We’re just two months into the new year and 145 wildfires have already rolled through California.1 On the bright side, the state has also seen a ton of late winter rain. That must be a good sign, right?
According to scientists, not really. It means the Golden State is going to see a lot of new forest growth. That’s a very good thing — but in drier months to come it could unfortunately become tinder for the raging fires that have terrorized California for years.
It seems homeowners just can’t win in California. We’ve written extensively about how the wildfire situation in California affects homeowners, sticking them between a rock and hard place when it’s time to shop for an affordable home insurance policy. Despite the California Insurance Commissioner’s ongoing struggles to secure reasonable insurance options for Californians in wildfire-prone areas, many California homeowners at risk of catastrophic fire damage are getting dumped by their insurance providers and need to consider other options.
One of those home insurance options is California’s FAIR Plan. In this homeowners guide, we’ll take a closer look at:
- What the California FAIR Plan is.
- How the FAIR Plan covers Californians in wildfire-prone zones.
- If FAIR Plan insurance is a good option for residents of California with property at serious risk of fire damage.
FYI: California saw plenty of rain in the winter of 2020, followed by severe drought when the moisture dried up. The combination led to the worst wildfire year in recorded history, with 4 million acres burned.2
What Is the California FAIR Plan?
The California Fair Access to Insurance Requirements (FAIR) Plan hit the scene in 1968 as a stop-gap measure to cover Californians in fire-prone areas who couldn’t get traditional insurance providers to cover them. It still exists today.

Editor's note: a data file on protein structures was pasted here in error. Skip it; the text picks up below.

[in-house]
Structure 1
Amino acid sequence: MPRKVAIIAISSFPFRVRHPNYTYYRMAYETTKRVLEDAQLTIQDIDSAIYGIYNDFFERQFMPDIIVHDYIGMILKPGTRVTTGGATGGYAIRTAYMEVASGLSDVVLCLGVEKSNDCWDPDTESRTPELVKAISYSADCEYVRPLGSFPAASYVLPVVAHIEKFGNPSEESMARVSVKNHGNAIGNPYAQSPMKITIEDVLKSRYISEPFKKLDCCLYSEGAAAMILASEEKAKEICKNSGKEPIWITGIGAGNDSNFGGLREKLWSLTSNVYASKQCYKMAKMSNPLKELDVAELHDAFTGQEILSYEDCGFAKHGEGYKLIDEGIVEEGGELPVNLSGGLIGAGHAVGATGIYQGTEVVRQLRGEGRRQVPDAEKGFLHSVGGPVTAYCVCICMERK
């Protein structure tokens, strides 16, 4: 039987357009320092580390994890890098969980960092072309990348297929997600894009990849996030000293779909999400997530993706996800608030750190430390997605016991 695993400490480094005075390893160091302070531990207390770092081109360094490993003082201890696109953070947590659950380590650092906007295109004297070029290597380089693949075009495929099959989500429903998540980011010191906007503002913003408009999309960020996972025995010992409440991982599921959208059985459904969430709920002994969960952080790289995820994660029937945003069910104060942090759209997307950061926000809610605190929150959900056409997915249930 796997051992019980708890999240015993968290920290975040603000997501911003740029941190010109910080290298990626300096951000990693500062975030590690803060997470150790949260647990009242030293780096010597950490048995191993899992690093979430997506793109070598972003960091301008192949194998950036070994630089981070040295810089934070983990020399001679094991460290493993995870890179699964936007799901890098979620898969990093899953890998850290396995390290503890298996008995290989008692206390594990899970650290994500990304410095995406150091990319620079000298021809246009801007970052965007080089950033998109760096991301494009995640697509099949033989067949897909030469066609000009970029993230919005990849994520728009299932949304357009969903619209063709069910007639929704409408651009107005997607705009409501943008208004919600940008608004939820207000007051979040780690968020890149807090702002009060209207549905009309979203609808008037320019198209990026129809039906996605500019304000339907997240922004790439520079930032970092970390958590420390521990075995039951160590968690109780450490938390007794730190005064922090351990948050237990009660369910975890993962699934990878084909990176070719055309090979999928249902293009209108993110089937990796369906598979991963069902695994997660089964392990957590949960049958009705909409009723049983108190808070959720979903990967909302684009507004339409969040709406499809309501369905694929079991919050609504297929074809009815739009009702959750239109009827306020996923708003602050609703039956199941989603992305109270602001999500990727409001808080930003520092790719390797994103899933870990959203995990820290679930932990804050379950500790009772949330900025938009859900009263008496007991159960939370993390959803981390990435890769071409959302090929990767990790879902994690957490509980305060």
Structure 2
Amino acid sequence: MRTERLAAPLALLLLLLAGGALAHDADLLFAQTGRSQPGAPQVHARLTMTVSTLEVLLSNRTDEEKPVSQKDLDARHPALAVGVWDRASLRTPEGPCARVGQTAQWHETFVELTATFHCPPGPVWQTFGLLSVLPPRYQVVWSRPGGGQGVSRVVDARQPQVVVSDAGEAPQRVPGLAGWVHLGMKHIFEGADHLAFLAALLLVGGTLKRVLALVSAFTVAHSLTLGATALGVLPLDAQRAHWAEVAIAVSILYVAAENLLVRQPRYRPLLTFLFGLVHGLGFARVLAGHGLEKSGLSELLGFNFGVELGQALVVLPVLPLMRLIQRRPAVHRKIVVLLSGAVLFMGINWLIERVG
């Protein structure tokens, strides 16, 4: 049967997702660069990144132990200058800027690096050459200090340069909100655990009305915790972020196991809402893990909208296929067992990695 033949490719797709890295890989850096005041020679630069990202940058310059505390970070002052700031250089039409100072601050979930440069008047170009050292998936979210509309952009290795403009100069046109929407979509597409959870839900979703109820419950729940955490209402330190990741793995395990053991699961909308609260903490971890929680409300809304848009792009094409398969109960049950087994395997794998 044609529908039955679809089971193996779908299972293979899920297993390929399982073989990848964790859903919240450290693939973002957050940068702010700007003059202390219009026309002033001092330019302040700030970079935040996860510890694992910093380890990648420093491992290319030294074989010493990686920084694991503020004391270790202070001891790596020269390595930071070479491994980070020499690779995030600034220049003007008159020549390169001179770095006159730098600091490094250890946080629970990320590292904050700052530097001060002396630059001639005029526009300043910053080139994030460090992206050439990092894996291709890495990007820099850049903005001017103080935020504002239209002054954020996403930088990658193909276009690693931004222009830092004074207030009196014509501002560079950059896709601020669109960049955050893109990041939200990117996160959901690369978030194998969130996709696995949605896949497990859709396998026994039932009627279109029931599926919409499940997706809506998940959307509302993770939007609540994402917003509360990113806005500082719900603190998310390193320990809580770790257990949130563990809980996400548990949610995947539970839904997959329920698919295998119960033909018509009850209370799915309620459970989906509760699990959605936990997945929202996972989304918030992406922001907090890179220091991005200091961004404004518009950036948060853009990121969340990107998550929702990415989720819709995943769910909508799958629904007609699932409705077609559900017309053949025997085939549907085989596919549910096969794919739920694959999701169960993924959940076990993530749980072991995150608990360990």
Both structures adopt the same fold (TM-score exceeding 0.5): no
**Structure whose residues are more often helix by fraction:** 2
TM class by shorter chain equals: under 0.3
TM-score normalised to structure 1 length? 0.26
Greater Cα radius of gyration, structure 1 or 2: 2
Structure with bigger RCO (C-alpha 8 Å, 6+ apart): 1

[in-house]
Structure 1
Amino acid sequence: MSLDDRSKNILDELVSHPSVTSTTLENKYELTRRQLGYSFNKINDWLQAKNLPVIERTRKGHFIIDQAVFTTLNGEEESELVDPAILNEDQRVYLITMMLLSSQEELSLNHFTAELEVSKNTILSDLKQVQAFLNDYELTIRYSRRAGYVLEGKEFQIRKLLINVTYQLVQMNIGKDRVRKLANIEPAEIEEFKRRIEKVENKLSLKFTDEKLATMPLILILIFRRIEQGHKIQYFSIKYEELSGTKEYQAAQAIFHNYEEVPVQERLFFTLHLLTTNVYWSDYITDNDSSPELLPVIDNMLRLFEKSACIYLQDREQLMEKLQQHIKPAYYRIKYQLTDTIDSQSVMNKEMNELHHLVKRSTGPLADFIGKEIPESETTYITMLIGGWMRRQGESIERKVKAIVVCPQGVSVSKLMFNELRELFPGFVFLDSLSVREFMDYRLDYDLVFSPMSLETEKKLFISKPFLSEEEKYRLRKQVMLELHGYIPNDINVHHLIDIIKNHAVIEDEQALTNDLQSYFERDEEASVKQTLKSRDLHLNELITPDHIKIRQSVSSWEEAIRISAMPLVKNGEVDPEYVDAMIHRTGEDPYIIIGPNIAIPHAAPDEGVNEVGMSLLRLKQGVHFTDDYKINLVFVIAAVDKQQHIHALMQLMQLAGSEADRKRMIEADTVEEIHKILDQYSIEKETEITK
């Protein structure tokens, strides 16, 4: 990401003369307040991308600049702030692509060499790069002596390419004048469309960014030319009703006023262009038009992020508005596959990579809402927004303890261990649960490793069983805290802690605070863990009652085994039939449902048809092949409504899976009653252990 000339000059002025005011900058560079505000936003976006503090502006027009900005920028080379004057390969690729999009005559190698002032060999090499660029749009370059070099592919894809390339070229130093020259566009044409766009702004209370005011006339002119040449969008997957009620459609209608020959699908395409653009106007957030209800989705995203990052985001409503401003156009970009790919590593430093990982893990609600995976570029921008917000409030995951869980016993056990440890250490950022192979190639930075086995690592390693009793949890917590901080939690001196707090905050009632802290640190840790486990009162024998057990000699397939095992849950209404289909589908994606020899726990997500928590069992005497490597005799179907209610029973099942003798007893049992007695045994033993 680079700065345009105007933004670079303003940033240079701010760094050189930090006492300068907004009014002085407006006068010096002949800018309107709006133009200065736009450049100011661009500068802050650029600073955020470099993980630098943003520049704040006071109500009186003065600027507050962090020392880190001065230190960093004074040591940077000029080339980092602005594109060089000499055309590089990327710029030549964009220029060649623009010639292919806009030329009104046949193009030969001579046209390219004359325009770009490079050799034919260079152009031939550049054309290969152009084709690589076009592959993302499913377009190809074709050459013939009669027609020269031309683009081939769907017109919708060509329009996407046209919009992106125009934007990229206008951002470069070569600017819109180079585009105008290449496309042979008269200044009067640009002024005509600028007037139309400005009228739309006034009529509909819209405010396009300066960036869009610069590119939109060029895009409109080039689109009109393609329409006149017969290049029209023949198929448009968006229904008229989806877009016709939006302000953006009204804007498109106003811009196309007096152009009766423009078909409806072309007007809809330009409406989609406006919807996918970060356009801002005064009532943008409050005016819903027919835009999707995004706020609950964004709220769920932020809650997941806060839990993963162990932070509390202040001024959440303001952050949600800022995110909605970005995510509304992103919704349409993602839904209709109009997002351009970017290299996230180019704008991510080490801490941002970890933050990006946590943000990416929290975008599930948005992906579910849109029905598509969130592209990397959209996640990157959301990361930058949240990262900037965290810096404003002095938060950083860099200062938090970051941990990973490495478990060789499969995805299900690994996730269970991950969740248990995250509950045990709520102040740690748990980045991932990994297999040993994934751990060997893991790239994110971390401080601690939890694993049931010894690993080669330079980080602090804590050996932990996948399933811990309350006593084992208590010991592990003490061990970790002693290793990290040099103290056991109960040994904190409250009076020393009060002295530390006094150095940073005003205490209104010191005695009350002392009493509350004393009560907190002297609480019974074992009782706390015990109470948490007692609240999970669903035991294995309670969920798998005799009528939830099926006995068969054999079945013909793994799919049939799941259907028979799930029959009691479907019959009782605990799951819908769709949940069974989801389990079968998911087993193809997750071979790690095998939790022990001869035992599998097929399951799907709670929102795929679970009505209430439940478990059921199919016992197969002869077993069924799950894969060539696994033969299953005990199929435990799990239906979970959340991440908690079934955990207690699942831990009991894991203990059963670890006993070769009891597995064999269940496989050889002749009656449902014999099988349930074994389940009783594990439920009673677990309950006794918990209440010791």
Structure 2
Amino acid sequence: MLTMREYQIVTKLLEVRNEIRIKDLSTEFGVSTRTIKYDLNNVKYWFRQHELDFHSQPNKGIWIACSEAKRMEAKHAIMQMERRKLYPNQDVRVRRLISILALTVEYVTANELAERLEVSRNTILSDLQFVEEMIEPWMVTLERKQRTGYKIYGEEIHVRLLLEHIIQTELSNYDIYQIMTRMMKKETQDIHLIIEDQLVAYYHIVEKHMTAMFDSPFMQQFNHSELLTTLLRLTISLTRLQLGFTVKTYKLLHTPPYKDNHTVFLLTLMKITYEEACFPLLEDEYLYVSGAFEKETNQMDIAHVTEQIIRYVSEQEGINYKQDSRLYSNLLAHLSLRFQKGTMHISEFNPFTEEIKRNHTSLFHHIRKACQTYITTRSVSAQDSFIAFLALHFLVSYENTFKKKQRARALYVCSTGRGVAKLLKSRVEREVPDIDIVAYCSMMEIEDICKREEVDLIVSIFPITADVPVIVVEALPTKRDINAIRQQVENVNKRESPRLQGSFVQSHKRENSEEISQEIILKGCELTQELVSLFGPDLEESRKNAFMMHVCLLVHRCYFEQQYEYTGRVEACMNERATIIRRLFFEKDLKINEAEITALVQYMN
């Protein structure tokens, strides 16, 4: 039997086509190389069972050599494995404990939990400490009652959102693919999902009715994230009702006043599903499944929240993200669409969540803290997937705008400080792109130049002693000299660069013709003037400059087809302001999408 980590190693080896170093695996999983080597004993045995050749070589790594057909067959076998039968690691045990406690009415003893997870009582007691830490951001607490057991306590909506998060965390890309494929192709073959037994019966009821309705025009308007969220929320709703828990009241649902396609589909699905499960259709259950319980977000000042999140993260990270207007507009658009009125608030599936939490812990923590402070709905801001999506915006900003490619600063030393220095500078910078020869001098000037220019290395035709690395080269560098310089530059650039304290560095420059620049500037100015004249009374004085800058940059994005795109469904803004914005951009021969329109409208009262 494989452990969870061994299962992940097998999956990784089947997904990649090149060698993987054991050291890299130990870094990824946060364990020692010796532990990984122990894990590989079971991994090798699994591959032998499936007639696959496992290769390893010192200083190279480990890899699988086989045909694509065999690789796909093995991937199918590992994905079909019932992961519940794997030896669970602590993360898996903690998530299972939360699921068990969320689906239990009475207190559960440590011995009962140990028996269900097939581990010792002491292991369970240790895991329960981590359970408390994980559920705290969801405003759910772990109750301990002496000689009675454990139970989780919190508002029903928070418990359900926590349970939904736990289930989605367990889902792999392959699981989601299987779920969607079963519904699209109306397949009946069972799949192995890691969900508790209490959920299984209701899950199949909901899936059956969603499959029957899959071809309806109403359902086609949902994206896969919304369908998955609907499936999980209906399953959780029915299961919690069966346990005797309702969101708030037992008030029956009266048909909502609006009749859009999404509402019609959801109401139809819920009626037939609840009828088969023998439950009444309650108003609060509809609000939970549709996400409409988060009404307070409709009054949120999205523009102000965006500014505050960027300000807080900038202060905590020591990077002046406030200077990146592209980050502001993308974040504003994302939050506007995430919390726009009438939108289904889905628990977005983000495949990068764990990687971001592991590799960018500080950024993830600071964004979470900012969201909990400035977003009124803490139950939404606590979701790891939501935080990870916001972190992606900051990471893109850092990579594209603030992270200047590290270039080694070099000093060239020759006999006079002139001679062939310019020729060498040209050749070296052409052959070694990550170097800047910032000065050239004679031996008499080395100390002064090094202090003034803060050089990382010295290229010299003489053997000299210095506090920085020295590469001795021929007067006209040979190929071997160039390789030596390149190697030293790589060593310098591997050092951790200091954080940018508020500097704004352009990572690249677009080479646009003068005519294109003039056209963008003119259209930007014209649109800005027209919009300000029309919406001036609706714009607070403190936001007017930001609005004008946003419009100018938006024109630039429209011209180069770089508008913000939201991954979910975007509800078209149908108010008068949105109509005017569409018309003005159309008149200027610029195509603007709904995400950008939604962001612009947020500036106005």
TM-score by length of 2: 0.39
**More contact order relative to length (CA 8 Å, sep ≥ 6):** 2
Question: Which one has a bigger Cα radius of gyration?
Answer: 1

The way California FAIR Plan coverage works is a little different than typical HO-3 homeowners policies, where you’re dealing with a single underwriter. You still choose your insurer with a FAIR Plan, but the companies participating in the plan pool premiums and split the risk when it’s time to pay out. Any licensed insurer in California can become a member.
Mandatory coverage for people living in fire-prone zones sounds pretty wonderful on paper, but if you’re the owner of a FAIR policy in California, you may see things a little differently.
Did You Know? What do Etna, Imperial, and Monte Sereno have in common? They’re the three safest cities in the Golden State, according to our guide to the safest cities in California.
What the California FAIR Plan Really Covers
The California FAIR Plan covers property owners for fire, smoke, and lightning damage, and for explosions on their property. It doesn’t matter what kind of property you have — home, condo, or business. It could even be a house you rent out or use seasonally.
Like any quality homeowners policy you purchase on the open market, FAIR policies guarantee the following basic coverage:
- Dwelling (i.e., your property and any buildings on your property)
- Personal liability (i.e., anyone injured on your property)